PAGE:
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Child's Best Interest Standard in Texas

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What is the “Child’s Best Interest” Standard in Texas?

In family law, the “child’s best interest” standard is used by the court to determine child custody and visitation schedules. This standard factors in the child’s physical, mental, and emotional needs, and will almost always take priority over the desires of the parents.

How Do Courts in Texas Determine the Child’s Best Interest?

Texas allows its judges to make decisions as they see fit for individual cases. The definition of a “child’s best interest” is vague for a reason, and allows the court to determine what is best for each child that comes through the system. Overall, Texas’s best interest standard must adhere to Texas’ overall public policy when it comes to the wellbeing of the child. The public policy is:

  • The child will have frequent and continuous contact with parents who have proven to act in the best interest of the child;
  • Provide a safe, stable, and nonviolent environment for the child; and
  • Encourage the parents to share in the rights and duties of raising the child.

Some factors that are used to determine the child’s best interest include, but is not limited to:

  • The emotional needs of the child;
  • The physical needs of the child;
  • The ability of each parent to care for the child;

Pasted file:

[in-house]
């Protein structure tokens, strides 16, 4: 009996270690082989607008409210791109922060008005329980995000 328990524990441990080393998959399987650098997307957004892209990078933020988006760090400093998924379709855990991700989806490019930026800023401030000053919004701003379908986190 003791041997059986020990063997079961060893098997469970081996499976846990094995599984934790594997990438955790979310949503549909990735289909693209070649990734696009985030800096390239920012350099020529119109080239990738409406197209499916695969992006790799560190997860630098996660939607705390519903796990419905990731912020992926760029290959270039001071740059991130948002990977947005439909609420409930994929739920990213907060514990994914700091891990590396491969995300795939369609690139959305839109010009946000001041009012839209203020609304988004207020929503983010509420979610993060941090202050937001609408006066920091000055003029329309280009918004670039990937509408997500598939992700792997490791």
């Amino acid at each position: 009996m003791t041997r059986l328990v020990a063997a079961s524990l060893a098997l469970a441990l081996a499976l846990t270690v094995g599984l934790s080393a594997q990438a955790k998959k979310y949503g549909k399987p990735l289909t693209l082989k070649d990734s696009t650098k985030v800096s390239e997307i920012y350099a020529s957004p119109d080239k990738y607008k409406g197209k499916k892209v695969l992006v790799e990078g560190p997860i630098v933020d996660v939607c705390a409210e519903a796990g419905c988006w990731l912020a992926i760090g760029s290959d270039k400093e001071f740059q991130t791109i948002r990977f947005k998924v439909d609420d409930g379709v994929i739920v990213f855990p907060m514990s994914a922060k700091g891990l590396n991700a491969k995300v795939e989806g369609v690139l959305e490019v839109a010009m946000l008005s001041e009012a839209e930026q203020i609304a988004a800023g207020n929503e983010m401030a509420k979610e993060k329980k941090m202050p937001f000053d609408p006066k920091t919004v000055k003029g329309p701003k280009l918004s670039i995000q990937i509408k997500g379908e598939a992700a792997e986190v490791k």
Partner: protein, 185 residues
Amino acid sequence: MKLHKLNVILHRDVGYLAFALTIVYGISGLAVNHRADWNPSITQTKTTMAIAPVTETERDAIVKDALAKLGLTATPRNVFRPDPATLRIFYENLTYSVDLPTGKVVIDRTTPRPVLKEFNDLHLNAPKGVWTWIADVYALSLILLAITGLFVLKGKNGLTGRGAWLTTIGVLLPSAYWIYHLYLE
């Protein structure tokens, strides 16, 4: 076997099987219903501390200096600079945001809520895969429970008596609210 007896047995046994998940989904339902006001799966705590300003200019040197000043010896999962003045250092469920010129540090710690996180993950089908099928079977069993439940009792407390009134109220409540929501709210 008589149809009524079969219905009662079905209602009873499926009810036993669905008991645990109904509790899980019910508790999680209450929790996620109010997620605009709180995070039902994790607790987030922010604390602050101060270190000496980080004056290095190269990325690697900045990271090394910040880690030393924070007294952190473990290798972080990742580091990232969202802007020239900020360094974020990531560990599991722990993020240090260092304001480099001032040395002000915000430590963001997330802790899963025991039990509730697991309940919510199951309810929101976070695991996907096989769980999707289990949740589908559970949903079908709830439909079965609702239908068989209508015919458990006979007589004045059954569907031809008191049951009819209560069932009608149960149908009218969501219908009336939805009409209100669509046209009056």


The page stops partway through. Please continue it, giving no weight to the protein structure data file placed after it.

• The environment and stability of each parent’s home; and
  • Each parent’s plan for caring for the child.

Are There Other Considerations?

Despite the court’s focus of the best interest standard, overall they wish to adhere to their focus on public policy. This means that there are factors that the court will take into consideration, such as:

  • Child’s Preference: Some states allow a child who is old enough to know what is going on, to put in a preference for with whom they wish to live. In Texas, the child must be at least 10 years old, and then she will have to write the court requesting her preference. The child’s wishes are not always granted, because again, the court may find it is in her best interest to live with the other parent.
  • Current or Past Abuse and Domestic Violence: Any history, past or current of abuse (including sexual abuse) or domestic violence may preclude a parent from obtaining custody. Any instances of domestic violence, against the child or any relation to the child, within the past 2 years can result in the offending party losing any rights to custody.

Should You Seek Legal Help?

Child custody and visitation rights issues can be emotionally taxing and legally complex. An experienced Texas child custody lawyer can help you determine your best course of action, provide legal guidance, and represent your best interests in court.

Photo of page author Sarah Tipton

, LegalMatch Legal Writer

Last Modified: 11-03-2017 02:43 PM PDT

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